June 2012: New evidence on cattle mobility in Britain during the Late Iron Age and Early Roman periods: strontium isotope analysis of cattle teeth from Owslebury (Hampshire), Integrating Zooarchaeology and Stable Isotope Analyses, Cambridge (UK).

September 2012: Animal husbandry and the ‘Romanisation’ process of Britain: a case study from Owslebury (Hampshire, southern Britain), XXII International Limes Congress 2012 – Roman Empire Frontiers, Ruse (Bulgaria).

April 2013: Meat supply and economic system: some insights from Iron Age and Roman Owslebury (Hampshire, UK) using stable isotopes from cattle teeth. OIKOS Meeting, Tarragona (Spain).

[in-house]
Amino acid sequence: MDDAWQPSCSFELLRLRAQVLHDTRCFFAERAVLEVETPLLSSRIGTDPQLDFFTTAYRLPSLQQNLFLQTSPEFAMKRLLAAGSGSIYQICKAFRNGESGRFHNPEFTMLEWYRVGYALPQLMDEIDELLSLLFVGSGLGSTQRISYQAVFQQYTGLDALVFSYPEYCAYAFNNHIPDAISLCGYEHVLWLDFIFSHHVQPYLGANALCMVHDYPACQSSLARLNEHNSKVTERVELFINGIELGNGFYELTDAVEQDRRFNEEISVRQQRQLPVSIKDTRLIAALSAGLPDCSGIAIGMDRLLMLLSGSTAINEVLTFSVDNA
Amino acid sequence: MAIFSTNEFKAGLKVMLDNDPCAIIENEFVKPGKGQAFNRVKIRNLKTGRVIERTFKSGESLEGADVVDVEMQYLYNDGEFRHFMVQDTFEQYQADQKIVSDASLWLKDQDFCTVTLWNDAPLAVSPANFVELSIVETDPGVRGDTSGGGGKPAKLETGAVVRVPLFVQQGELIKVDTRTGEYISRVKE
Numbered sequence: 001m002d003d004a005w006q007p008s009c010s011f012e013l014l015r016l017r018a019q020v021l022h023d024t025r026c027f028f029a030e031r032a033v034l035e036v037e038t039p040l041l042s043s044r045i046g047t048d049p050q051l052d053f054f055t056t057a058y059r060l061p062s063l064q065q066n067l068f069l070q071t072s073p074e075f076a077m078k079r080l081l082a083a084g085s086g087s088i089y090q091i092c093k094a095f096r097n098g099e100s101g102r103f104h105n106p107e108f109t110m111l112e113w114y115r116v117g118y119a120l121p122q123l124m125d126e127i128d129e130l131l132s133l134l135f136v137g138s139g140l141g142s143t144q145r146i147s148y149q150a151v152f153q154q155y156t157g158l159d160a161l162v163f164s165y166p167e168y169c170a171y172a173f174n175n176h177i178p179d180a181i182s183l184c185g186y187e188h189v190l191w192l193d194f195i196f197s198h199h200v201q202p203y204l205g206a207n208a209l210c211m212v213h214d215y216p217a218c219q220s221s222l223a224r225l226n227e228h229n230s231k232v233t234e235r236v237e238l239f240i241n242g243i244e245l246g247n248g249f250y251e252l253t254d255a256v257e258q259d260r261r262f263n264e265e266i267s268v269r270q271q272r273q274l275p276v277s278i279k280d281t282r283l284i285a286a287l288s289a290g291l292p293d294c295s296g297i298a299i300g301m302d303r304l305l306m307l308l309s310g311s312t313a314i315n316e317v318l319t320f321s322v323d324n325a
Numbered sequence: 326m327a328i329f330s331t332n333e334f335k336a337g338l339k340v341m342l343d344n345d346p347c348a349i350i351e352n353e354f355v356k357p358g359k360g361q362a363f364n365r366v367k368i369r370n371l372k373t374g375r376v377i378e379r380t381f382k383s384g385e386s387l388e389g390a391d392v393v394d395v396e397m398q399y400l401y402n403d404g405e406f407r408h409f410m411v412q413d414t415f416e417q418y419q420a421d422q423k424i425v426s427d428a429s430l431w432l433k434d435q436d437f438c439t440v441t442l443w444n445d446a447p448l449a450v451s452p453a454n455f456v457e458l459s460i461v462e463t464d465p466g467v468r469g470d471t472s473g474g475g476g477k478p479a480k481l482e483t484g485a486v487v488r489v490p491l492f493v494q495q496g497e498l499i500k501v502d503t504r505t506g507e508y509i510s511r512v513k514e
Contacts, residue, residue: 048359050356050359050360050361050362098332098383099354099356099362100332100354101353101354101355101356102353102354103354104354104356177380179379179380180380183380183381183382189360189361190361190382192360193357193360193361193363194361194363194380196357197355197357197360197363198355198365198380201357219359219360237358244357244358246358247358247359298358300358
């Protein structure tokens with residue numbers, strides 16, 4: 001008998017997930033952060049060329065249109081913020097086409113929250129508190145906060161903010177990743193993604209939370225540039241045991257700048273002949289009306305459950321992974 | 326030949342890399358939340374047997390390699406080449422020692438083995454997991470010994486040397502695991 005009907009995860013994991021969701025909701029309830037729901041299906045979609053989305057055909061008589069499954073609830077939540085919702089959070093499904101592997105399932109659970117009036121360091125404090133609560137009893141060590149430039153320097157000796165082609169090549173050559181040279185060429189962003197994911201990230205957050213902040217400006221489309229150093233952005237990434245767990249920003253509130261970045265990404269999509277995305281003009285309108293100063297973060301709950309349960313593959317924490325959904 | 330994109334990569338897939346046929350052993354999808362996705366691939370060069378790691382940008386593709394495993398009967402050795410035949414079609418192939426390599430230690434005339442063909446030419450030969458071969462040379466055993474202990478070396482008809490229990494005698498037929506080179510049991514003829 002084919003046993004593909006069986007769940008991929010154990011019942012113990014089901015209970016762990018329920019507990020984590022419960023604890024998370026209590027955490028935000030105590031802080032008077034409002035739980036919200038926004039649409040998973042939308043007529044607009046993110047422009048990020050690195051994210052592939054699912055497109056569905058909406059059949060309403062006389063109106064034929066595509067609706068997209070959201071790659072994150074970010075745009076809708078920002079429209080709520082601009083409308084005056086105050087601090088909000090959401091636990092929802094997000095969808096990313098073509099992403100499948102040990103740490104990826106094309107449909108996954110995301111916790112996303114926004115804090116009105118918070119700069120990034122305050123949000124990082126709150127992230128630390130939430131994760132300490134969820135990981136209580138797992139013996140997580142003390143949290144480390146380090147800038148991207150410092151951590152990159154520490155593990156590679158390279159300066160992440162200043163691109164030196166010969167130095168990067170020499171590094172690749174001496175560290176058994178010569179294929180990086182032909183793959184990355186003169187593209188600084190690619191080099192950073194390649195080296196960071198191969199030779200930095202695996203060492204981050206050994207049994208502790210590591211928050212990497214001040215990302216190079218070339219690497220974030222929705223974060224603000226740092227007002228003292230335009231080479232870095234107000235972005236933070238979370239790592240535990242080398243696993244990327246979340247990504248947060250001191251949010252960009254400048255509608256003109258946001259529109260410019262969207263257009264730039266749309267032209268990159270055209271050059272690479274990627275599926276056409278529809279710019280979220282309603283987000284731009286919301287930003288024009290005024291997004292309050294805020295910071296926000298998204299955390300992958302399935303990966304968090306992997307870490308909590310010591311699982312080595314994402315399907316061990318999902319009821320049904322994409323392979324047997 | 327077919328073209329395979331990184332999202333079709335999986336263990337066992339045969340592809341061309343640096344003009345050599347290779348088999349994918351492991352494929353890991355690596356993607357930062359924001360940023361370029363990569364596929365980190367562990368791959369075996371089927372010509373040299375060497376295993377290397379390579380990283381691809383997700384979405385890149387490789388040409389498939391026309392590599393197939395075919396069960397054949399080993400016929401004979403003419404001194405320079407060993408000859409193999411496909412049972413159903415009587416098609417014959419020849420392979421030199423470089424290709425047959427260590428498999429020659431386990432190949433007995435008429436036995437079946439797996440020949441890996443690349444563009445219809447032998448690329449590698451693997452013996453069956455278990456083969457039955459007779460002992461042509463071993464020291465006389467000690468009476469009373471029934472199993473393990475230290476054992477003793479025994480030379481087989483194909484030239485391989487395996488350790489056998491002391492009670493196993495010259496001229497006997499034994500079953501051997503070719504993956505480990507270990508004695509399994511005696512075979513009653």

September 2013: Romanization and zooarchaeology in the Limes of the Empire: the case of Lusitania. ‘The Romanization in the Iberian Peninsula: a state of the art from Zooarchaeology’, León (Spain).

March 2014: "Was Romano-British husbandry innovative? An integrated approach to a complex question", 11th RAC Conference, Reading (UK).

September 2014: Livestock mobility basing on Strontium and Oxygen isotope analysis on sheep teeth: a perspective about seasonal movements in Iron Age Catalonia (North-Eastern Spain), 12th ICAZ conference, San Rafael, Argentina

September 2014: Meat supply, trade and economic system: some insights from Iron Age and Roman Owslebury (Hampshire, UK) using stable isotopes from cattle teeth, 12th ICAZ conference, San Rafael, Argentina